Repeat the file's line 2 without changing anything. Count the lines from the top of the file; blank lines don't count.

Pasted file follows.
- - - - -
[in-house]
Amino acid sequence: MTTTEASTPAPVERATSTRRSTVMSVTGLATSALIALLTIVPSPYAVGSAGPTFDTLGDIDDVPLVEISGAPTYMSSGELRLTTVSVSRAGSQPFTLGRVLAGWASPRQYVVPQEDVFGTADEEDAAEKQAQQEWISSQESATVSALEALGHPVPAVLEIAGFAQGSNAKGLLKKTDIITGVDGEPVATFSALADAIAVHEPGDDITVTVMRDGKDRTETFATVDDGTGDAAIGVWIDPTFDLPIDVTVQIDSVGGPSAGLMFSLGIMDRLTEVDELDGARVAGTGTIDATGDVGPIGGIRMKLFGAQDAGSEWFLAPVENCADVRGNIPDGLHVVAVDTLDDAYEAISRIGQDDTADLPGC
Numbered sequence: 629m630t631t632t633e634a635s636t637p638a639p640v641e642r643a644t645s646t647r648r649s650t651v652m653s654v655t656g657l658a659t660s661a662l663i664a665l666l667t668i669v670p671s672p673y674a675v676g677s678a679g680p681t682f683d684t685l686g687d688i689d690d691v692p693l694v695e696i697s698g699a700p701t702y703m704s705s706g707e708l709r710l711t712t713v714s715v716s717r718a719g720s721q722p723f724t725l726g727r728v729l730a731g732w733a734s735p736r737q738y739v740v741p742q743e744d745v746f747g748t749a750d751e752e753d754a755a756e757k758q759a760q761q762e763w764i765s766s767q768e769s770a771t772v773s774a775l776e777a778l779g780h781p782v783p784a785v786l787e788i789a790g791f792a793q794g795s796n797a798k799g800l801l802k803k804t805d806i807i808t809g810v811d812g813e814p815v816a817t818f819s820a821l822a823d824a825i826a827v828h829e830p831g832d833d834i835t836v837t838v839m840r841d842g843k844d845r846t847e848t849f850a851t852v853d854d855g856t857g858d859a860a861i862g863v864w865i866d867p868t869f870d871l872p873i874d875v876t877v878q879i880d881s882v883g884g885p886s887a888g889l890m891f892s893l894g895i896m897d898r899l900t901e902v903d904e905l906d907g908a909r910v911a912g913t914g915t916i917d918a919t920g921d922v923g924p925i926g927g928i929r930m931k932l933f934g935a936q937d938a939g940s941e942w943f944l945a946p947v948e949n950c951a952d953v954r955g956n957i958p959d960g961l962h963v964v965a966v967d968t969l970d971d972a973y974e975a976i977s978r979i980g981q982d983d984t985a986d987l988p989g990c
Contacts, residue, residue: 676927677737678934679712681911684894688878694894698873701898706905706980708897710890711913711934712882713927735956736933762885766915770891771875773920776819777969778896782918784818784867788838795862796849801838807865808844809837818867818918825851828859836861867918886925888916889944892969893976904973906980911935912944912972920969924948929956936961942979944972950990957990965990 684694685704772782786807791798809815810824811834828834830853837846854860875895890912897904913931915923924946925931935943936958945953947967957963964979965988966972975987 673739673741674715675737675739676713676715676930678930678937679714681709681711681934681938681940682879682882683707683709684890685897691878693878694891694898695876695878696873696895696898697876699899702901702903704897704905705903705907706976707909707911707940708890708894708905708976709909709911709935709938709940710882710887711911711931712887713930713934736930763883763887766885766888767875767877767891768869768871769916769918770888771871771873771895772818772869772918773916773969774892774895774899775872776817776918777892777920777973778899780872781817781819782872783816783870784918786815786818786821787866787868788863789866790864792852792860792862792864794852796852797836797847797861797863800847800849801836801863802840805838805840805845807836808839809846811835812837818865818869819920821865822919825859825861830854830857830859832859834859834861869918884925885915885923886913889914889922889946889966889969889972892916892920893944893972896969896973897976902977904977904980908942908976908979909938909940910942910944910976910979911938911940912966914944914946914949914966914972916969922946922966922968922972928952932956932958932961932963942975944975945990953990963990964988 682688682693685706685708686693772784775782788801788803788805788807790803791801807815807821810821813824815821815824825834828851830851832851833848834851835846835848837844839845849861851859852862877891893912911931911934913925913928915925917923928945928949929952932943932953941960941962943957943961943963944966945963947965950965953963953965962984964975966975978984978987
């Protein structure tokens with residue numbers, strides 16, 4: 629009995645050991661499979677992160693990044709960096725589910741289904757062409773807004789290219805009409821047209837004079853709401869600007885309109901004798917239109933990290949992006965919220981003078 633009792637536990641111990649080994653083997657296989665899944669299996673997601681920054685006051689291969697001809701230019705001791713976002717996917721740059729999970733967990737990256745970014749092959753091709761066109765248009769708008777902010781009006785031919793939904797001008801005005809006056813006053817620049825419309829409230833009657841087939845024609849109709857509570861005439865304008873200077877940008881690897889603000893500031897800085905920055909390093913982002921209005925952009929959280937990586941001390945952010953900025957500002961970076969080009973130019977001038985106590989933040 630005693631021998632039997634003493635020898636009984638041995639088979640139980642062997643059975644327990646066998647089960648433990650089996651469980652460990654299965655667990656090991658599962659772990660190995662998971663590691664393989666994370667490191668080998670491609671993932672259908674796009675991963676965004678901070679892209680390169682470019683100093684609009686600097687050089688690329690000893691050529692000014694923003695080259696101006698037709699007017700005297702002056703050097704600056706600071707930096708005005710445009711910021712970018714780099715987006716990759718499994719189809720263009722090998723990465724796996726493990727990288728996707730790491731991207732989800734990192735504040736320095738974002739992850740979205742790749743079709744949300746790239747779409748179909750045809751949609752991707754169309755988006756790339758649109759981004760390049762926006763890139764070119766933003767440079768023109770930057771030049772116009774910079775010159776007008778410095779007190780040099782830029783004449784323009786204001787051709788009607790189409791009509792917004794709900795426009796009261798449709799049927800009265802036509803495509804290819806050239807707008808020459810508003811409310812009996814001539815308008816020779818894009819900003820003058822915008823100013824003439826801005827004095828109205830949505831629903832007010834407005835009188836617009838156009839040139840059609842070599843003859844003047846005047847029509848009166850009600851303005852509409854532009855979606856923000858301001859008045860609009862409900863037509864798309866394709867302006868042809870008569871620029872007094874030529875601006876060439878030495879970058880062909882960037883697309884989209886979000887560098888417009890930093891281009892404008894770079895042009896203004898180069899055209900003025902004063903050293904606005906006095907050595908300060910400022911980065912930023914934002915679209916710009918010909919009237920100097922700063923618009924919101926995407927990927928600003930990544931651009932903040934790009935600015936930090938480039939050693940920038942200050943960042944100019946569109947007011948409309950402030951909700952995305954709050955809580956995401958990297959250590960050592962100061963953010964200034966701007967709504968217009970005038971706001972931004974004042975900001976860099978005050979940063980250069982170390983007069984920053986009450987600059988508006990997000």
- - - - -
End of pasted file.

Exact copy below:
Amino acid sequence: MTTTEASTPAPVERATSTRRSTVMSVTGLATSALIALLTIVPSPYAVGSAGPTFDTLGDIDDVPLVEISGAPTYMSSGELRLTTVSVSRAGSQPFTLGRVLAGWASPRQYVVPQEDVFGTADEEDAAEKQAQQEWISSQESATVSALEALGHPVPAVLEIAGFAQGSNAKGLLKKTDIITGVDGEPVATFSALADAIAVHEPGDDITVTVMRDGKDRTETFATVDDGTGDAAIGVWIDPTFDLPIDVTVQIDSVGGPSAGLMFSLGIMDRLTEVDELDGARVAGTGTIDATGDVGPIGGIRMKLFGAQDAGSEWFLAPVENCADVRGNIPDGLHVVAVDTLDDAYEAISRIGQDDTADLPGC